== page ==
That thinking was already under way. But in terms of over- reliance on estimates by BP, no. There was independent modeling being done by NOAA and the Coast Guard, based on what they were seeing coming to the surface of the ocean.

That kept changing, of course, as you know, during the week. And as that changed, of course, preparations began to change to match the situation. But everything was pre-positioned and ready to go.

CROWLEY: Secretary Salazar, do you want to add something there?

SALAZAR: From day one, there has been the assumption here on the worst-case scenario. And so the--

CROWLEY: What is the worst-case scenario, while we're on that?

SALAZAR: The worst-case scenario is we could have 100,000 barrels or more of oil flowing out. And the requirements BP has is to have the capability to respond to that kind of a spill. And it means doing everything that's going on, including containing the well down at the bottom, mitigating the impacts on the sea, mitigating impacts as things happen on shore.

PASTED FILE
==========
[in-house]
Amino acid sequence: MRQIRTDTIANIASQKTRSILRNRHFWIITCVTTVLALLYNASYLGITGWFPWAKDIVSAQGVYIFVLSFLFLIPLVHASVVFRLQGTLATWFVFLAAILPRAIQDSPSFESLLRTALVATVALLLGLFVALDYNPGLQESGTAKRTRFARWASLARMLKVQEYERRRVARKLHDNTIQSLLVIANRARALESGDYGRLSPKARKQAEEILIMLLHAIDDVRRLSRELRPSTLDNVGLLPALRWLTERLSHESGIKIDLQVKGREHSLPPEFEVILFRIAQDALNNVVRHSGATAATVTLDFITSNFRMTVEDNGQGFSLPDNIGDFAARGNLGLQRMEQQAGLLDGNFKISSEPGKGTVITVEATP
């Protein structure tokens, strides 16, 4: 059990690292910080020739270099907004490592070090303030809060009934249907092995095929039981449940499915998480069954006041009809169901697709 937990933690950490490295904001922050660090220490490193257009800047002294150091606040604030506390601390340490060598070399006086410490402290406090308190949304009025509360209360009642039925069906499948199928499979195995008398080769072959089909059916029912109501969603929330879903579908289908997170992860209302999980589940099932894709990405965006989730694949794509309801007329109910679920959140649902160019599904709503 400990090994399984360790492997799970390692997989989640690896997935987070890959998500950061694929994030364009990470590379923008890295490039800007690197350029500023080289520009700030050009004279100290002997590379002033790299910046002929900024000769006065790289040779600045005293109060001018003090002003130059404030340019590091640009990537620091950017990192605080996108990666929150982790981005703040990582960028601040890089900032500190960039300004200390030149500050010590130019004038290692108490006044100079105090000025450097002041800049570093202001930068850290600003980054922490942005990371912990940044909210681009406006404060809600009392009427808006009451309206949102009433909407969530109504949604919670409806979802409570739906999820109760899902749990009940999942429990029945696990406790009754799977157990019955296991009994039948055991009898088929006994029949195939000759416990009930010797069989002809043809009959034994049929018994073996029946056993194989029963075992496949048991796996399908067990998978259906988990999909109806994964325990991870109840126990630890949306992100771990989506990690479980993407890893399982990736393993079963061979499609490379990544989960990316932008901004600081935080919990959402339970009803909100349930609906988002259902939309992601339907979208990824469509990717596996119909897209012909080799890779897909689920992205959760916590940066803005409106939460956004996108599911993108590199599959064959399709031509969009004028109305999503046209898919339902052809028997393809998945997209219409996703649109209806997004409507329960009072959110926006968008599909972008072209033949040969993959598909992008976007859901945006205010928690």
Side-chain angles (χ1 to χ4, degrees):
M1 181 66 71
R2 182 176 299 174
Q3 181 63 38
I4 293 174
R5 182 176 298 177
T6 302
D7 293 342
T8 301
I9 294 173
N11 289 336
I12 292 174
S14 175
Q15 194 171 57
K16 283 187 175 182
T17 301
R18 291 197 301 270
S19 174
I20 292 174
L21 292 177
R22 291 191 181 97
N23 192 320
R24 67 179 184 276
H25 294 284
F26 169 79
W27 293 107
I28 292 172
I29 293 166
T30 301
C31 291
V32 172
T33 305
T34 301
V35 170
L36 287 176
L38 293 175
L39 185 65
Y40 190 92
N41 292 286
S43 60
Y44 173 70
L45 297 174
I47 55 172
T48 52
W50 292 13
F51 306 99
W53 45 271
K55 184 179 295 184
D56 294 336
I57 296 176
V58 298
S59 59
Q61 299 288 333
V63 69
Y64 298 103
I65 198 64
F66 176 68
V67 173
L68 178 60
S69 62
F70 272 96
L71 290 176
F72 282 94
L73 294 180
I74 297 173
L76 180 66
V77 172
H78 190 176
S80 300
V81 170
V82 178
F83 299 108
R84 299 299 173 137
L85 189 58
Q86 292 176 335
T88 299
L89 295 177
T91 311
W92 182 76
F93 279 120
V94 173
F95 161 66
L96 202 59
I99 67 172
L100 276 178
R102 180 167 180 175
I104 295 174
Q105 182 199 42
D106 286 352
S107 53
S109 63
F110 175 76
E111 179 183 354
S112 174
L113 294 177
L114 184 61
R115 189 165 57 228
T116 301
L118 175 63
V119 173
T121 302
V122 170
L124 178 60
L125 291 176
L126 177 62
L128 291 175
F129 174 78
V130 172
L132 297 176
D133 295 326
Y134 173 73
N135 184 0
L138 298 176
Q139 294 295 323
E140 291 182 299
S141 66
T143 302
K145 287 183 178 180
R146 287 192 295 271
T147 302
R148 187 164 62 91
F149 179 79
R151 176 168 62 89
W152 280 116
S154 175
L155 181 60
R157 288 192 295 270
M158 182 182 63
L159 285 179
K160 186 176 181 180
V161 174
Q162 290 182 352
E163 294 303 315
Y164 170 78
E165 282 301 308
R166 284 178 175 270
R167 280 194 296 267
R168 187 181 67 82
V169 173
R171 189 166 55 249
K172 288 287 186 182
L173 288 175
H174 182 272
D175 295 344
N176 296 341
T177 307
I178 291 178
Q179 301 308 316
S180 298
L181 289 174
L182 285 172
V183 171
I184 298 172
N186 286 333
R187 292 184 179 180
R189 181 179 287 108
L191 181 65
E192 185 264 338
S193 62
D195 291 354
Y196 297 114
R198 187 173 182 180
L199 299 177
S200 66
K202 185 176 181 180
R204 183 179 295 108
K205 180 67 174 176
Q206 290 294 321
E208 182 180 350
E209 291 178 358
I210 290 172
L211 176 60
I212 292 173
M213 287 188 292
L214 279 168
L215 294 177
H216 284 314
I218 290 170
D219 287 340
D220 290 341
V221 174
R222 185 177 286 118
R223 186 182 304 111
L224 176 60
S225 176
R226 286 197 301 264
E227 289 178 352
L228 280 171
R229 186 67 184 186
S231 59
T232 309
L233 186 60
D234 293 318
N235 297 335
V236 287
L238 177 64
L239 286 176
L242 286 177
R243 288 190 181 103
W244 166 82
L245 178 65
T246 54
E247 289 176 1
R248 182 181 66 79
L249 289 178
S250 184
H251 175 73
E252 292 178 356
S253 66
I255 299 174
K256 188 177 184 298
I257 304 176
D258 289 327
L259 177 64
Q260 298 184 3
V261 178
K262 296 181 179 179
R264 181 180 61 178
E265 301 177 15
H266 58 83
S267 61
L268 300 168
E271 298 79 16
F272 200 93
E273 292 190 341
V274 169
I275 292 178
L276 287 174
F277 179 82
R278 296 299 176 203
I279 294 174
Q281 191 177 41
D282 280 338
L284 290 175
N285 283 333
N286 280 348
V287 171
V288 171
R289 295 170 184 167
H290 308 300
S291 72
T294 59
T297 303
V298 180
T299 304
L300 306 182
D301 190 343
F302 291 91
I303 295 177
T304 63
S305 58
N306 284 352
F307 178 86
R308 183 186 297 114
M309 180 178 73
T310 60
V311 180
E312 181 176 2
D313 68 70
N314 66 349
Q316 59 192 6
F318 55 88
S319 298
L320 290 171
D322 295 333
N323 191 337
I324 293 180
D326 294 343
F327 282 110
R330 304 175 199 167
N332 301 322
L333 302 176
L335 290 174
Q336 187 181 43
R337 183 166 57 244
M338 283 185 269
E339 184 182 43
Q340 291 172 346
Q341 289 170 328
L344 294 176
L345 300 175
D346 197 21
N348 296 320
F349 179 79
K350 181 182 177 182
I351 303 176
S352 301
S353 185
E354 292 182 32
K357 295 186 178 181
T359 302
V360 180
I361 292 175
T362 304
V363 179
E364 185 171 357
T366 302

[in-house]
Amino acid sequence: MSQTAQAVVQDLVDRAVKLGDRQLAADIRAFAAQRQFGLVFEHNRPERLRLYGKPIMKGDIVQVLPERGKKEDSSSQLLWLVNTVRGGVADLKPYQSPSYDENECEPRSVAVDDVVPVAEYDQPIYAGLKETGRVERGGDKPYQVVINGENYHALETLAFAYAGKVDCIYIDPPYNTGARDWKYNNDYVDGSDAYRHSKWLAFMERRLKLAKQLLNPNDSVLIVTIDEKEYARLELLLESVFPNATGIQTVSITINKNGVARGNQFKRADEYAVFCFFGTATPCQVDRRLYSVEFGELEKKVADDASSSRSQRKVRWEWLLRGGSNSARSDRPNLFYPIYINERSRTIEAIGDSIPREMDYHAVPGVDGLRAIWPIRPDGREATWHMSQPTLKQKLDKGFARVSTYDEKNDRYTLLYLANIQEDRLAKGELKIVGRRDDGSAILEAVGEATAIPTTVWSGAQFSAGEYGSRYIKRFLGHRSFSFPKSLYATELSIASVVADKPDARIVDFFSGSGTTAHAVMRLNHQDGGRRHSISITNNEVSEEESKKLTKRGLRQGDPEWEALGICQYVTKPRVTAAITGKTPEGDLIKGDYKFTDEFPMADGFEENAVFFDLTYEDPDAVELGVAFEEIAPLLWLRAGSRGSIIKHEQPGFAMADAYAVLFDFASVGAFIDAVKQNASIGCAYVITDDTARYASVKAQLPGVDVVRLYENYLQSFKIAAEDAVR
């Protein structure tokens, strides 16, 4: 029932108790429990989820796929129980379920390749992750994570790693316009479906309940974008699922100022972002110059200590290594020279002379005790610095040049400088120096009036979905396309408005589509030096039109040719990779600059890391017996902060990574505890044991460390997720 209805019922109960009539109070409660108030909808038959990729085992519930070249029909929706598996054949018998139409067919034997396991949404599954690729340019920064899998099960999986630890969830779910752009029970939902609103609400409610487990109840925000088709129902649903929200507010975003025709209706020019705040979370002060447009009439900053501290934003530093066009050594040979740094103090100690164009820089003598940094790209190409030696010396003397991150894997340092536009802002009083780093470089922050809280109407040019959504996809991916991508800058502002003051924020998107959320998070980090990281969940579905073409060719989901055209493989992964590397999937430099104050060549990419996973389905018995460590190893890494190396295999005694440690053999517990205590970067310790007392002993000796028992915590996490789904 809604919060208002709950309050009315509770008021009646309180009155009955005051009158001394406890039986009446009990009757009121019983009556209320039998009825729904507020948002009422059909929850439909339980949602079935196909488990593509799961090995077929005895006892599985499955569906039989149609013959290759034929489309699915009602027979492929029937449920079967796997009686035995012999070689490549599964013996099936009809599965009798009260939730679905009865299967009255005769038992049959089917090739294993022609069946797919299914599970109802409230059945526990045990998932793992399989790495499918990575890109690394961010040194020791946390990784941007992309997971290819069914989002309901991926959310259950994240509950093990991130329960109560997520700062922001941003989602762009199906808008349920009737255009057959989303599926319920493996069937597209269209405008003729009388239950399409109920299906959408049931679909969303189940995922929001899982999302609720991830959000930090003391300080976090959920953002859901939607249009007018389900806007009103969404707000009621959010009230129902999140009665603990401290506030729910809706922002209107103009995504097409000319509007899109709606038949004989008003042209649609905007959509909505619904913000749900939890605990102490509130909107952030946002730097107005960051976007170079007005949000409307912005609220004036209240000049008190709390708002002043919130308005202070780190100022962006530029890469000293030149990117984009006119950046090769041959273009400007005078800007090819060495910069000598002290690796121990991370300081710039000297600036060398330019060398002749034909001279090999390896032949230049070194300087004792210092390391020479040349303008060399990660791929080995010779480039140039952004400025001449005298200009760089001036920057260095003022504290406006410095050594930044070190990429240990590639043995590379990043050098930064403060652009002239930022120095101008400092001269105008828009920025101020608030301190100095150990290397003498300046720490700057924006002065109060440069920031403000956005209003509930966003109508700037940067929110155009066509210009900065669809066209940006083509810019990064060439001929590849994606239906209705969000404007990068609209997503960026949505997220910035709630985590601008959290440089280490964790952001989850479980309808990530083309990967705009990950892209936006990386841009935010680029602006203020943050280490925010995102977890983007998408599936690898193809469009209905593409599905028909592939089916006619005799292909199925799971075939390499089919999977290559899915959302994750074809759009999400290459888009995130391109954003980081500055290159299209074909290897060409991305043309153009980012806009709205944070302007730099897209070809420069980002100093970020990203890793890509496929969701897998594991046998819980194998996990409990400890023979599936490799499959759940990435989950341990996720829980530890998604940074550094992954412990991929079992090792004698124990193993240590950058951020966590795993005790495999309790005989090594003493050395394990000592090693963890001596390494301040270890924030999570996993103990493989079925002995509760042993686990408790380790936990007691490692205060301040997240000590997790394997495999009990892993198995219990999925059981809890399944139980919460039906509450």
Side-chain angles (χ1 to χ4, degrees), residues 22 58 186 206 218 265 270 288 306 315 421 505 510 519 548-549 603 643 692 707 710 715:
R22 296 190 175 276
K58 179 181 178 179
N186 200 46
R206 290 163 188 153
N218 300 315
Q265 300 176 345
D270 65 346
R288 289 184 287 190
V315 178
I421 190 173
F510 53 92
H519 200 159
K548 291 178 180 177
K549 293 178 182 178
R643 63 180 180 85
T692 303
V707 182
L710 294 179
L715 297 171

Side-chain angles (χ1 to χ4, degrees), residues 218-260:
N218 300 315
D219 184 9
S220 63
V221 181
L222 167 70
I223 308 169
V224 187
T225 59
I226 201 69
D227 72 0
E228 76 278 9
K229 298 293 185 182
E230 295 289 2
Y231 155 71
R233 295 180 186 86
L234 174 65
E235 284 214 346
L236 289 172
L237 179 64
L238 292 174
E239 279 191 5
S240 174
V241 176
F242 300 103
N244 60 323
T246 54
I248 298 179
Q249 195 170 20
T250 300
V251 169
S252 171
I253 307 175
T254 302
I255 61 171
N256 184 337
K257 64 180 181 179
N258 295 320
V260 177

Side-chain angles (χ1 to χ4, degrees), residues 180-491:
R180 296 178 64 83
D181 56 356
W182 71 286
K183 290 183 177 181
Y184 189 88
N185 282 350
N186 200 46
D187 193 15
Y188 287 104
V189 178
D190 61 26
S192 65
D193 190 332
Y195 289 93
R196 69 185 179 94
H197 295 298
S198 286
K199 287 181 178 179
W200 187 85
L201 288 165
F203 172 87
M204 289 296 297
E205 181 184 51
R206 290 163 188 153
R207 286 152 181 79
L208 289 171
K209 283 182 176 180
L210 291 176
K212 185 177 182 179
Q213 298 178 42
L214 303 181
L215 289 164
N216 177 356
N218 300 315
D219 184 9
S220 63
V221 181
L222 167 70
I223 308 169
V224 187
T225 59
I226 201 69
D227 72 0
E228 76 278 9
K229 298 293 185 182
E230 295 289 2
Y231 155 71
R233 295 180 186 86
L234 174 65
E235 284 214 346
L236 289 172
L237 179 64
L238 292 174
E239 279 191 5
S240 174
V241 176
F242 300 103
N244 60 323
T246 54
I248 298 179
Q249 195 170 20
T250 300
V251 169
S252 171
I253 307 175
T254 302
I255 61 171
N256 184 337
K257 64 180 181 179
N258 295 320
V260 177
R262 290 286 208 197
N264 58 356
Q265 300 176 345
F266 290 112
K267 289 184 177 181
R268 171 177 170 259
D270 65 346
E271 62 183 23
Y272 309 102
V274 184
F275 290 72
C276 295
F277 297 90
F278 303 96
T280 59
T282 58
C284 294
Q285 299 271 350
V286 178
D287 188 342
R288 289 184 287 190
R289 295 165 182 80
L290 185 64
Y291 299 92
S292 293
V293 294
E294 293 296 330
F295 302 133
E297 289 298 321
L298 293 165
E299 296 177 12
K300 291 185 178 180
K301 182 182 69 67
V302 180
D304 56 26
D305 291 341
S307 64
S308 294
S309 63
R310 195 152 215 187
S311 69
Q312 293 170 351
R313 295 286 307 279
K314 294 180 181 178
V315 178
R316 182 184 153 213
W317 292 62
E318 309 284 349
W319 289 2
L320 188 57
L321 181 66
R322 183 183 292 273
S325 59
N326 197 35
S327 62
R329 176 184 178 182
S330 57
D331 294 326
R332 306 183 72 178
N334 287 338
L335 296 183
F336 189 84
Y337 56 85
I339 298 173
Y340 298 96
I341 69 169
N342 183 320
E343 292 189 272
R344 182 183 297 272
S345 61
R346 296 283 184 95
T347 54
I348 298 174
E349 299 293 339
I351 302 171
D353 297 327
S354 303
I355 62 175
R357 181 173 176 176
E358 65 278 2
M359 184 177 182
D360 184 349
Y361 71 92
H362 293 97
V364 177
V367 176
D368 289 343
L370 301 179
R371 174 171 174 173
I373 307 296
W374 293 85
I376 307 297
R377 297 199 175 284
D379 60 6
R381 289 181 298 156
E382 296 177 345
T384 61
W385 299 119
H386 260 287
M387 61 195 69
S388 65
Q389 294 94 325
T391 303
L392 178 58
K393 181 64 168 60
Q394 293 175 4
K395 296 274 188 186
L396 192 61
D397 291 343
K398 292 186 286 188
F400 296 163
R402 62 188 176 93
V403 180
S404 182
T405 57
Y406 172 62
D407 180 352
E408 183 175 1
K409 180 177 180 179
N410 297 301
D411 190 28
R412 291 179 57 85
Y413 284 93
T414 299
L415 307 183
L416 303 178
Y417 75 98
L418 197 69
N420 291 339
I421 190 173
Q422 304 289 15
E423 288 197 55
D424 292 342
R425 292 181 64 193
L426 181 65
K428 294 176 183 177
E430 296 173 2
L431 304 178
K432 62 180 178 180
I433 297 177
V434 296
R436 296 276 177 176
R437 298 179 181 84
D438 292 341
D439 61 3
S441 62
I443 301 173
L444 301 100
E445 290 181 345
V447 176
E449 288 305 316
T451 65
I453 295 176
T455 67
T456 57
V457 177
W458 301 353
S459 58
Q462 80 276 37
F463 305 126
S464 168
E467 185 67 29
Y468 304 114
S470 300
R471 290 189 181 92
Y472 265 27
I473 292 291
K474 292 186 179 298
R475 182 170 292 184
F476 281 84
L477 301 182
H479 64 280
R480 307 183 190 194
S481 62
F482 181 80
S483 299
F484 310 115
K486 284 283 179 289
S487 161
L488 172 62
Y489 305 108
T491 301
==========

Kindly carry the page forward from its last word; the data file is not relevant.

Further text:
You're talking about a multi-billion dollar company here who is, I believe, the fourth-largest company in the world. And we will not spare any effort on the part of the United States of America to make sure that all of their resources are brought effectively to address the problem.

CROWLEY: Admiral Allen, just while we have that 100,000 figure, that being sort of disaster, is that something you fear the most? Do you think that could happen?

ALLEN: Well, if we lost the total wellhead, it could be 100,000 barrels or more a day. I think -- just to follow up on what Secretary Napolitano said, this whole thing has been kind of a process of discovery. It wasn't until they remotely-operated vehicles down, were able to survey the entire length of the 5,000-foot pipe-riser that was crumpled on the ocean floor, that we finally found three sequential leaks over a period of about 72 hours.

And as I told some folks, you know, the difference between 1,000 and 5,000 barrels a day, when you look at the potential discharge of 100,000, leads me to believe that there are a lot of inaccuracies associated with trying to estimate flow from a broken pipe at 5,000 feet. That's the reason it's so very, very important we focus on stopping this leak right away.

CROWLEY: Something else that Secretary Salazar brought up, saying, look, BP is a very wealthy company, we expect them to bring everything to the barricades on this. And I want to read you a quote, Admiral. This is from BP's chief operating officer in The New York Times. And he said, quote: "There are not much additional available resources in the world to fight this thing offshore. We've basically thrown everything we have at it."